Mendocino County Today: Tuesday, Feb 9, 2016
by AVA News Service, February 9, 2016
ACCORDING TO WEATHER UNDERGROUND, it reached 81 degrees in Boonville today, and there was lots of talk that the drought seems to have resumed.
ADD LOOK ALIKES:
MENDOCINO COUNTY HAS PONIED UP $10,000 for a study on behalf of the wine industry, which will highlight "the economic impacts related to water use from Lake Mendocino." The purpose of the study, quite explicitly, is to justify an investment by the US Army Corps of Engineers in raising Coyote Valley Dam and enlarging Lake Mendocino. The Mendocino County Agriculture Department and Mendocino County Inland Water & Power Commission, both public agencies, are partnering with the Mendocino County Farm Bureau and Mendocino County Winegrape Commission to produce the report. Robert Eyler, the Sonoma State University professor and private consultant who is conducting the study, is a go-to guy for wine industry junk science. In 2012, he published a report on how the extremely modest State Water Board frost protection regulations would cause economic losses to the Sonoma and Mendocino county wine industries of "up to $2 billion" per year. The study was funded by New York investment tycoon John Dyson, owner of a SoCo winery, and best known perhaps as the New York City Chamber of Commerce executive who created the "I [Heart] New York" bumper stickers. Dyson is a right-wing extremist. No doubt, the Mendo-funded study for the grape growers will be used from now on to assist the industry in warding off regulations, justifying their enormous water use, etc.
A SONOMA COUNTY READER WRITES. "Our midnight rambler, Efren Carrillo, cashed his political chips the night he took his personal "welcome wagon" to the streets of late night west side Santa Rosa, only to have his dressed-in-his-underwear advances dismissed followed but duly noted by SRPD. As much as "Captain Underpants" tries to play it down, there's just no way a guy this clueless can remain in office. He didn't learn that you have to wait till you get to Sacramento to start ramping up the "benefits schedule" via your constituents. Next time, Doug Bosco and his crew will be more discerning in their plug and play political game and install someone a bit more subdued, a bit more patient. Notice that that big ham headed dude Gore, a total product of the Dem machine, keeps his personal life in check — so far. Irv Sutley and I are plotting. Be unconcerned. Be VERY unconcerned."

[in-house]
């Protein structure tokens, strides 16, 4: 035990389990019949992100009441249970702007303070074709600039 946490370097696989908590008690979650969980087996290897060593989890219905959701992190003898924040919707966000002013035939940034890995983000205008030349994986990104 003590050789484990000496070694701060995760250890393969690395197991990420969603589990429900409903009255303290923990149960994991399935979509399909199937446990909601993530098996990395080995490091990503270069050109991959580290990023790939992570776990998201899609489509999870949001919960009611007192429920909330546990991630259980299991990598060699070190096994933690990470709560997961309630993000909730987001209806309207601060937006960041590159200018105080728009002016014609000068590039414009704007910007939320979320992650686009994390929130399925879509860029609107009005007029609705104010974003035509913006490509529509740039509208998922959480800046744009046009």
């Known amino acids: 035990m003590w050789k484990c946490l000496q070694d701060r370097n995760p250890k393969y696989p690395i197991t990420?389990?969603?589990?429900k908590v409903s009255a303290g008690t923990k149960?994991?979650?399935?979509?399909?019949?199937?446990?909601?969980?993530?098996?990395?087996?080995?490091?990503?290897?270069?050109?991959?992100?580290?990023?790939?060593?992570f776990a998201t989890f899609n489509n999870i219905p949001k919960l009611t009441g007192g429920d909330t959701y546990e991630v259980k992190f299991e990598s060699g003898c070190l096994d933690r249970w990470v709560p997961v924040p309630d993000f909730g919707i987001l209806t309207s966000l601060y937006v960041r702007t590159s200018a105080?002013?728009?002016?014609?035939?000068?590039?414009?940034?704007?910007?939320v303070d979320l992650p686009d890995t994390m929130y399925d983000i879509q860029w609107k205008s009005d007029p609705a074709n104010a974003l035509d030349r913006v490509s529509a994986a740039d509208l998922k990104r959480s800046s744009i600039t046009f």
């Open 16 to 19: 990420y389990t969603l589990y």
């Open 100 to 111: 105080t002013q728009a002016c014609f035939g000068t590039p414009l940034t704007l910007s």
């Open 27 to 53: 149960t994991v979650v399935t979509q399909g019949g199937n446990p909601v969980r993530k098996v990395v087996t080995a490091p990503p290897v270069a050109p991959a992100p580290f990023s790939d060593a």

YEAH, I watched the Super Bowl. Bad habits don't die hard or die at all if you're happy with them. The game was boring, the ads infantile, the half-time show bizarre. All-in-all a perfect visual for the true state of the union.
DURING the half-time show, the hoochie koochie dancers held up signs reading "Justice for Mario Woods." Woods is the San Francisco man gunned down by a multi-ethnic posse of San Francisco cops a month ago. (The lead shooter was black.)
THE MAN Woods stabbed to get himself killed by the police was interviewed the other night on Channel 7 television. So far as I'm aware, Woods' victim has otherwise been completely ignored as Woods, a life criminal, is elevated to martyr status.
WOODS' VICTIM was a young black man whose face was obscured on tv because he said he feared further harm. From who he didn't say, but he seemed to imply that since his attacker is being hailed as a national victim of police violence by the kind of unthinking bandwagon jumpers who think he's a hero, the race demagogues might come looking for him, an unknown, a mere prop for his assailant.
THE ANONYMOUS VICTIM said Woods had stabbed him for no reason, that Woods appeared to be in full raging drug maniac mode when he did it. Woods' anonymous victim said he didn't call the police himself. The police were called when he appeared at SF General for emergency treatment and was asked what had happened to him.